Saturday, March 28, 2009

Dry Spell

March falls smack dab in between the winter and summer CSAs. We mashed our last potato, chopped our last onion, and peeled our last head of garlic from the January box weeks ago, entering the long local food dry spell that is February through May.

Unfortunately this has also become a long stretch where I'm not cooking very much. While Chicago still offers local food in the long winter months in the form of the Green City Market one Saturday morning a month, I must admit that I like nothing better than to sleep in on Saturdays, make coffee, and settle in to read the news. Even the lure of fresh vegetables won't rouse me out of the house. So I've been buying fruits and vegetables at the grocery store, lamenting how much better the carrots and the onions taste when they come straight from a Wisconsin farm and into my dinner in less than a week.

So what to do when there isn't much local food to eat? Why travel, of course. I usually take a few long weekends during this time, which is nice because I don't have to worry about spoiling food. It's also inspiring to sample the local delicacies of the places that I go, and even bring them home. During a short trip to Santa Fe, I alternated between red chili and green chili, and Ryan picked up a bag of pinon pancake mix. Pinon nuts come from small trees that grow in New Mexico. We've made two batches so far, including this morning. Although I set off the smoke detector, they were tasty with maple syrup. We ate them too fast for me to take pictures.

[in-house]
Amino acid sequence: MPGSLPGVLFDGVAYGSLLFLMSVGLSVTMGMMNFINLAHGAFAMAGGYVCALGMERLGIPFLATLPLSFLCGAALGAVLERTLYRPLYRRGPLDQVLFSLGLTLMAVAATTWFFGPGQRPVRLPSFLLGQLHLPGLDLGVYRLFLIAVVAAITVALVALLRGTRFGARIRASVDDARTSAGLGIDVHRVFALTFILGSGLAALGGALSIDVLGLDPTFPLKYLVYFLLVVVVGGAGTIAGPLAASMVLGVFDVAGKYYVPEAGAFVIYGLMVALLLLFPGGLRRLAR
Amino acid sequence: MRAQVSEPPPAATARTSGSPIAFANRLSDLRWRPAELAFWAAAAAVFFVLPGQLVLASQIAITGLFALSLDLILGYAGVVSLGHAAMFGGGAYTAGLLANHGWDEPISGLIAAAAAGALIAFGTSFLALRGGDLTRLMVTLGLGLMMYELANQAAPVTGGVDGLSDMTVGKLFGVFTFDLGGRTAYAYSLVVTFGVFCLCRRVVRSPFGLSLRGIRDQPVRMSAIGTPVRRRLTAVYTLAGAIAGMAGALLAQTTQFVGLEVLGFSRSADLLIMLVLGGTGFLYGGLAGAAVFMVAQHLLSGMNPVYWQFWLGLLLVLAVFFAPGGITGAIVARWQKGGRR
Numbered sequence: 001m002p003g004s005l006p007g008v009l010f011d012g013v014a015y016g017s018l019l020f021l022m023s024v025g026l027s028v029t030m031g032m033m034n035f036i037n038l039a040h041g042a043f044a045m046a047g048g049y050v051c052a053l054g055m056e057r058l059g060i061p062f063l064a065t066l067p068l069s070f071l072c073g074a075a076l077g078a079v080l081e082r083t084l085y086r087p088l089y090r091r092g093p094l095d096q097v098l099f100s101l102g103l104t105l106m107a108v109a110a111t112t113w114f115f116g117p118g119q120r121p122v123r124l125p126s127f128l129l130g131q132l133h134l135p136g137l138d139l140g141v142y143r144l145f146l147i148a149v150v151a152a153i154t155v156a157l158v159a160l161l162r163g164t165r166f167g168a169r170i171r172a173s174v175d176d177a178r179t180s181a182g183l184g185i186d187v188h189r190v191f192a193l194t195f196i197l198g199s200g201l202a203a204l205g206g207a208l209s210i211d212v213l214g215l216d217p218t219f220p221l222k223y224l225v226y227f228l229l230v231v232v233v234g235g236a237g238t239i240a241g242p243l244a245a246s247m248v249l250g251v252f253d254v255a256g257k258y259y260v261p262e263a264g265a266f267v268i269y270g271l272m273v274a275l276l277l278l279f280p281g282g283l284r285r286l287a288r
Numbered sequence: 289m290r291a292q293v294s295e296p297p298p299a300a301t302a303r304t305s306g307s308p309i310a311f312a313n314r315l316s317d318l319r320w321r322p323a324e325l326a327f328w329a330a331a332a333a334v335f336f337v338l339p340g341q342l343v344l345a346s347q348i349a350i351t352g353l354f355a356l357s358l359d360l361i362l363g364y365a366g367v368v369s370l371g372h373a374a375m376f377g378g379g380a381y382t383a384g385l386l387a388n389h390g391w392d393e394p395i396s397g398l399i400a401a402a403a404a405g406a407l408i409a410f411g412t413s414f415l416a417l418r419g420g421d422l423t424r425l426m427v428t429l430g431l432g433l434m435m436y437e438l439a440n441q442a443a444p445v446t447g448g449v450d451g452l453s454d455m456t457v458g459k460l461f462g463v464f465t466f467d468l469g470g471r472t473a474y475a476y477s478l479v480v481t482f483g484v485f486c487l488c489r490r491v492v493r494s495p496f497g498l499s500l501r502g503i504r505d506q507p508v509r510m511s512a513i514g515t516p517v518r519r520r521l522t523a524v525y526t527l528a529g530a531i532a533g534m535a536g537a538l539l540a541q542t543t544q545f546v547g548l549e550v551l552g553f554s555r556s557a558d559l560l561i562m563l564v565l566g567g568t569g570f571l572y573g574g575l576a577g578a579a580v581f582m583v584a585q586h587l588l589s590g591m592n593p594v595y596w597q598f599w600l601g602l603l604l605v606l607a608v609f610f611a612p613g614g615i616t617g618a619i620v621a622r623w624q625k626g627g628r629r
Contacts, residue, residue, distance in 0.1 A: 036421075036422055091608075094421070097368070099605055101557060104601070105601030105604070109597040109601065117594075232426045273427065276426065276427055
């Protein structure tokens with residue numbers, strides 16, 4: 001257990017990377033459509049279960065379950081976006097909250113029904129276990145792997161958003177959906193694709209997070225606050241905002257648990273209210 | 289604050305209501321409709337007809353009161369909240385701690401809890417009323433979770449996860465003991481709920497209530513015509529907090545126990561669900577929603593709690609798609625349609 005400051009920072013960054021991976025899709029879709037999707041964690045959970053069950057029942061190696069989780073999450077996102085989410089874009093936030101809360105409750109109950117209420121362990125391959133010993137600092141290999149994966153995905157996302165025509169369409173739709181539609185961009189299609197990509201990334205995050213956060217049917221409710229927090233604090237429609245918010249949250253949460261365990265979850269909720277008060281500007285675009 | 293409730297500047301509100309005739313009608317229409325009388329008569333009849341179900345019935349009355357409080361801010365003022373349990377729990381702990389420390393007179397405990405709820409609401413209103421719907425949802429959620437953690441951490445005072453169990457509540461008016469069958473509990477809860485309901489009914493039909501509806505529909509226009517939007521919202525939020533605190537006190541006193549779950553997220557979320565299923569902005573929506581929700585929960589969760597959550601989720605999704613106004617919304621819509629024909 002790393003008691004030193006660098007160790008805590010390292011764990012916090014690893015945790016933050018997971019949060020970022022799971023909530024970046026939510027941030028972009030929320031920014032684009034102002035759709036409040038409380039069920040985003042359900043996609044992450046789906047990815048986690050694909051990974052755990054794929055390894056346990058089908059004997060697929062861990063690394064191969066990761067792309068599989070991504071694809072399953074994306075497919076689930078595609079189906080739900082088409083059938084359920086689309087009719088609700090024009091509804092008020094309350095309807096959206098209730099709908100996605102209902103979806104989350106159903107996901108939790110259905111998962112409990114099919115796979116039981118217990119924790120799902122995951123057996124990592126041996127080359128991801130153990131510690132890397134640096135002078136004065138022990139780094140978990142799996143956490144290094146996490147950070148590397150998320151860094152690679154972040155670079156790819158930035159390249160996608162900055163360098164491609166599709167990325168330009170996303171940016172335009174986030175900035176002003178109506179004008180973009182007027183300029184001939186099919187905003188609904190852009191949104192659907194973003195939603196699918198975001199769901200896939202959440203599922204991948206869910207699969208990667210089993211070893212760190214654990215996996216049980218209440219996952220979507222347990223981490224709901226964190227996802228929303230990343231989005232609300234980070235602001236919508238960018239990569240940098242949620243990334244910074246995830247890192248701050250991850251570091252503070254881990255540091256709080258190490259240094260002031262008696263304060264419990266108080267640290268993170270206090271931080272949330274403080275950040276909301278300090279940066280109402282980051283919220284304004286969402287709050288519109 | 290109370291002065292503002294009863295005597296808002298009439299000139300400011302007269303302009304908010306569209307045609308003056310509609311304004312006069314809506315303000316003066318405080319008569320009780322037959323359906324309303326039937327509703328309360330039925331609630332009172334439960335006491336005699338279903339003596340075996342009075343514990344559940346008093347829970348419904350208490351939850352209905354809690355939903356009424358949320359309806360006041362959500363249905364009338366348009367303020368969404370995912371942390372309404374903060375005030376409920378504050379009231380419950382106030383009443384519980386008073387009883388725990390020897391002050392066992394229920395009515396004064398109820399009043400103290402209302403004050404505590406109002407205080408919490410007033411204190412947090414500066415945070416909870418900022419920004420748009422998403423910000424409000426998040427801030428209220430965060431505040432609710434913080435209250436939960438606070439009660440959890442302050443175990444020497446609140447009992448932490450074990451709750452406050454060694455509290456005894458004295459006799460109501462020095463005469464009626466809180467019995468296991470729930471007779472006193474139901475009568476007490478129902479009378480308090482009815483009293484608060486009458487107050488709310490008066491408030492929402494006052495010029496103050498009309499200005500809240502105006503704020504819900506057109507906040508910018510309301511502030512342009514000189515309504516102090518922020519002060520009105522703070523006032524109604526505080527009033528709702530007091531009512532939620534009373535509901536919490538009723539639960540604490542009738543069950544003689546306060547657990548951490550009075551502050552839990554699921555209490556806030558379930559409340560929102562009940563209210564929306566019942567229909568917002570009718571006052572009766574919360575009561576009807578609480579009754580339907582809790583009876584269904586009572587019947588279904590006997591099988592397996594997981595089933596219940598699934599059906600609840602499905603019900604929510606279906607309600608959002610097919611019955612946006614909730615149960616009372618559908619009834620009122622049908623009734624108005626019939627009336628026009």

Another weekend, I went skiing with Ali and Becca in Montana. Ali had given me a bag of Evening in Missoula tea when she last visited Chicago. I'm not much of a tea drinker (coffee, hello), but I love the taste of this tea. It's so not Celestial Seasonings. Although I am still working my way through the first bag, I bought another to bring home.

Speaking of eating local food, I heard from Lauren in Singapore this morning, who was excited to report that she and Mo and their new precious little girl Samara are now getting a box of locally grown organic produce delivered to their doorstep. Apparently in Singapore that means kiwi from Italy, she writes. When I told Ryan, he said they must subscribe to a GSA - globally supported agriculture. But maybe that is as local as it gets in Singapore. Not everyone lives near a farm or has access to food grown nearby. I feel lucky that I do even though it's not year round. Maybe this will inspire me to freeze or can more during the summer. More likely, it will make me want to travel more.


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